A writing instructor I had told the class, "If a magician knows a dozen ways to force a card but only one way to present it, he has only one trick.  If a magician knows one way to force a card, but a dozen presentations, he has a dozen tricks."



slic

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Reply #36 on: January 31, 2007, 10:37:42 PM
Why was your writing instructor teaching you magic tricks?



scottjanssens

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Reply #37 on: January 31, 2007, 11:25:34 PM
Why was your writing instructor teaching you magic tricks?

He also showed how a novel is like a game of chess.  And also like a dollhouse.



slic

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Reply #38 on: January 31, 2007, 11:46:01 PM
Are you sure he was a writing instructor, or just some guy that like games and tricks?  :P



wakela

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Reply #39 on: February 01, 2007, 02:07:00 AM
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but look at the added twist of the "telepathic clones" (Helo knowing that his wife once slept with the Chief, sort of).
I would argue that this is interesting not because the cylons are telepathic, but because through understandable circumstances Helo fell in love with the Chief's girlfriend. But it wasn't the same girl because they were copies, but it was because they share memories.   For this to work the girl needs to be a clone or a robot or something, so the idea science fiction at its essence.  But when I watch, I want to see what happens when the two humans are put in the same room.  The drama is human (which I guess it always is).   Having said that, I have no problem watching as much Boomer as possible, though. ;)

If I looked in TV guide and had a choice between a show where people in spaceships fight with robots and the robots look just like people vs. a spaceship is transported to the far side of the galaxy and has to find its way home and meet various aliens along the way, I would definitly go with the latter.  But in the world we live in I would be disappointed.  I just find this interesting and ironic.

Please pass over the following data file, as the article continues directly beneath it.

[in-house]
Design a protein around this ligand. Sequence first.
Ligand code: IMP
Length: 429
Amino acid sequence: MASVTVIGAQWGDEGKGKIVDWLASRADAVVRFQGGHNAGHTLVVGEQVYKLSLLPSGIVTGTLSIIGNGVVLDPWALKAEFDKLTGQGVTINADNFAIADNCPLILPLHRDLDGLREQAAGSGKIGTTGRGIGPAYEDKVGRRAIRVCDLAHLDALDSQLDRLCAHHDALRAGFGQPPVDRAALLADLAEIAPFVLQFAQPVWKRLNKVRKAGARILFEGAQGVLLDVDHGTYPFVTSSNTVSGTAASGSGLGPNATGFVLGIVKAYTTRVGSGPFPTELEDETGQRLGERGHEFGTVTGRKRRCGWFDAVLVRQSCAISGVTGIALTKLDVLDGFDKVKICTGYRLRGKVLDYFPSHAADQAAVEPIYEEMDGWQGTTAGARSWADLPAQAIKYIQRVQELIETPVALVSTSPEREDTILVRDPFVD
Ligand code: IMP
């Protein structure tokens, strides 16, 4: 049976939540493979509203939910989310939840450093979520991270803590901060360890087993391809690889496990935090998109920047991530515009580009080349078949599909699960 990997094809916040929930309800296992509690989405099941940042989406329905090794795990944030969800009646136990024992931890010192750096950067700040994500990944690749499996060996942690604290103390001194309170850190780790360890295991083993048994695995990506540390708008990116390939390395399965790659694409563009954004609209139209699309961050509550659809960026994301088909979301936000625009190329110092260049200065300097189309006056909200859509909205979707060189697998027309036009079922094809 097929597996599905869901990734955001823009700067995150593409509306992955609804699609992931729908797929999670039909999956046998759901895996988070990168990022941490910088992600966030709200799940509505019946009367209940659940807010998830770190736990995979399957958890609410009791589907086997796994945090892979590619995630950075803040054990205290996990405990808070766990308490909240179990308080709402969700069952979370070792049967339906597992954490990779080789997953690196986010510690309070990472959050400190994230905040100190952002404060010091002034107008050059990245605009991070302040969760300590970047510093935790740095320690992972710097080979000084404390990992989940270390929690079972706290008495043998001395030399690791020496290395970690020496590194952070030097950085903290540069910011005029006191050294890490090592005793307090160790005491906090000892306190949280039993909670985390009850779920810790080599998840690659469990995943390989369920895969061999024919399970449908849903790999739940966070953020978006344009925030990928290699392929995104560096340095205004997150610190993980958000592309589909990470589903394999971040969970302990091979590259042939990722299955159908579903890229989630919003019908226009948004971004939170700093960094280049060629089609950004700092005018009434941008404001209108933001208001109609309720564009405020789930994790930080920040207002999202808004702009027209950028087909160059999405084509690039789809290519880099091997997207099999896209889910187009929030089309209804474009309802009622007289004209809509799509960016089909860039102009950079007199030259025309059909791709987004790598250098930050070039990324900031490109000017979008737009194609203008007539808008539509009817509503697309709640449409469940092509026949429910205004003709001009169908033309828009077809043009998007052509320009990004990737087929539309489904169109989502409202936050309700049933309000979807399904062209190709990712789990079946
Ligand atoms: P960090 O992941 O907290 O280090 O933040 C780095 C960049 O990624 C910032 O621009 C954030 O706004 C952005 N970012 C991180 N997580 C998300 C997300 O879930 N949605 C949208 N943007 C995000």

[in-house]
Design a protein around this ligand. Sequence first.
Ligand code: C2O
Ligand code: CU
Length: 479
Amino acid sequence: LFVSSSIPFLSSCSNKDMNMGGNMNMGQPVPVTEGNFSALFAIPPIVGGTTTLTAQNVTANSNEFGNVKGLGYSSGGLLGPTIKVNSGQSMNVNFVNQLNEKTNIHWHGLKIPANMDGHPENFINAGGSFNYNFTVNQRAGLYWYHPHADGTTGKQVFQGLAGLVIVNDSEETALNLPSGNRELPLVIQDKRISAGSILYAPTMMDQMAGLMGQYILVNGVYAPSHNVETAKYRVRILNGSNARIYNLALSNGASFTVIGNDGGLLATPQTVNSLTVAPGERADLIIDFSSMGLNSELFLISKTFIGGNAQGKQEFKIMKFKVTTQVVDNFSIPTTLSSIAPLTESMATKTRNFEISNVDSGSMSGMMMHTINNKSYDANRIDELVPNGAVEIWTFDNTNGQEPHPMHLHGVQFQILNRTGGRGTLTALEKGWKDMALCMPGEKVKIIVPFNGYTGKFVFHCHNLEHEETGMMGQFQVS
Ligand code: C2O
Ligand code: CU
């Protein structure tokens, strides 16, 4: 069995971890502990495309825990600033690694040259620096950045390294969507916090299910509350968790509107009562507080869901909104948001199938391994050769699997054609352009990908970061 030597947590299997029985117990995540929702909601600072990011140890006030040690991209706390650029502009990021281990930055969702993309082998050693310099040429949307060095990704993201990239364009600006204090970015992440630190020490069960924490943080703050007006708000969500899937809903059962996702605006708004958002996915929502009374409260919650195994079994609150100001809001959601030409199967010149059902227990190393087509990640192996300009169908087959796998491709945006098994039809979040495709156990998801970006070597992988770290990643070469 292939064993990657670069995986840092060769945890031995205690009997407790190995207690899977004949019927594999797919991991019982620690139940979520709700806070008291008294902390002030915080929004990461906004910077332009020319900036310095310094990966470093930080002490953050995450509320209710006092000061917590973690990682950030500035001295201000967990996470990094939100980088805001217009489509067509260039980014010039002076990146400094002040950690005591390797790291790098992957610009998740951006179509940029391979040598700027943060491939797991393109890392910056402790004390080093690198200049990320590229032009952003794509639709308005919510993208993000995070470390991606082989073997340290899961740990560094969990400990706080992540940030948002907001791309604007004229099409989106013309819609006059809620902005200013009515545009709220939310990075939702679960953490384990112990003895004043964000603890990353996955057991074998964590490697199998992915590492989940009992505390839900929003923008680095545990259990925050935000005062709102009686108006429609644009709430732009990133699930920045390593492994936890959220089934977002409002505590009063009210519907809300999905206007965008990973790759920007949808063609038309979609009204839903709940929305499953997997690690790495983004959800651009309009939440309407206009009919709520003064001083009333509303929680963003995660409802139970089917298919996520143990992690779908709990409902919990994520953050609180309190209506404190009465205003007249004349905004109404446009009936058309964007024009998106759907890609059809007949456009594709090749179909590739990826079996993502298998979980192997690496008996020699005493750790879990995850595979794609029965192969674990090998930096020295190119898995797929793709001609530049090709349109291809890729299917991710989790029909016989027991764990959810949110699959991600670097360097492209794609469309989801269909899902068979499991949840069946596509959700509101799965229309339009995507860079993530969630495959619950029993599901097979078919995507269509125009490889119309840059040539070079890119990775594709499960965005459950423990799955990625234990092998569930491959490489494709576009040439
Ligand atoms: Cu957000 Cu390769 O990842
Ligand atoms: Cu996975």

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If you generalize enough, you'll pretty much find that there are no new ideas, just new combinations and ways of presenting them.
True.  You and I are probably just generalizing to different levels.  But I think of Cyberpunk as being new when it came out.  The Singularity concept is new.  David Brin's Uplift is new...



SFEley

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Reply #40 on: February 01, 2007, 02:12:55 AM
Are you sure he was a writing instructor, or just some guy that like games and tricks?  :P

Scott's talking about Jim MacDonald, one of the instructors every year at Viable Paradise

I attended VP II.  And yes.  Jim really, truly, teaches writing.  And his speaking on magic tricks, chess, modelmaking, and recipes for key lime pie all have a lot to say about writing.

ESCAPE POD - The Science Fiction Podcast Magazine


slic

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Reply #41 on: February 01, 2007, 02:29:28 AM
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David Brin's Uplift is new...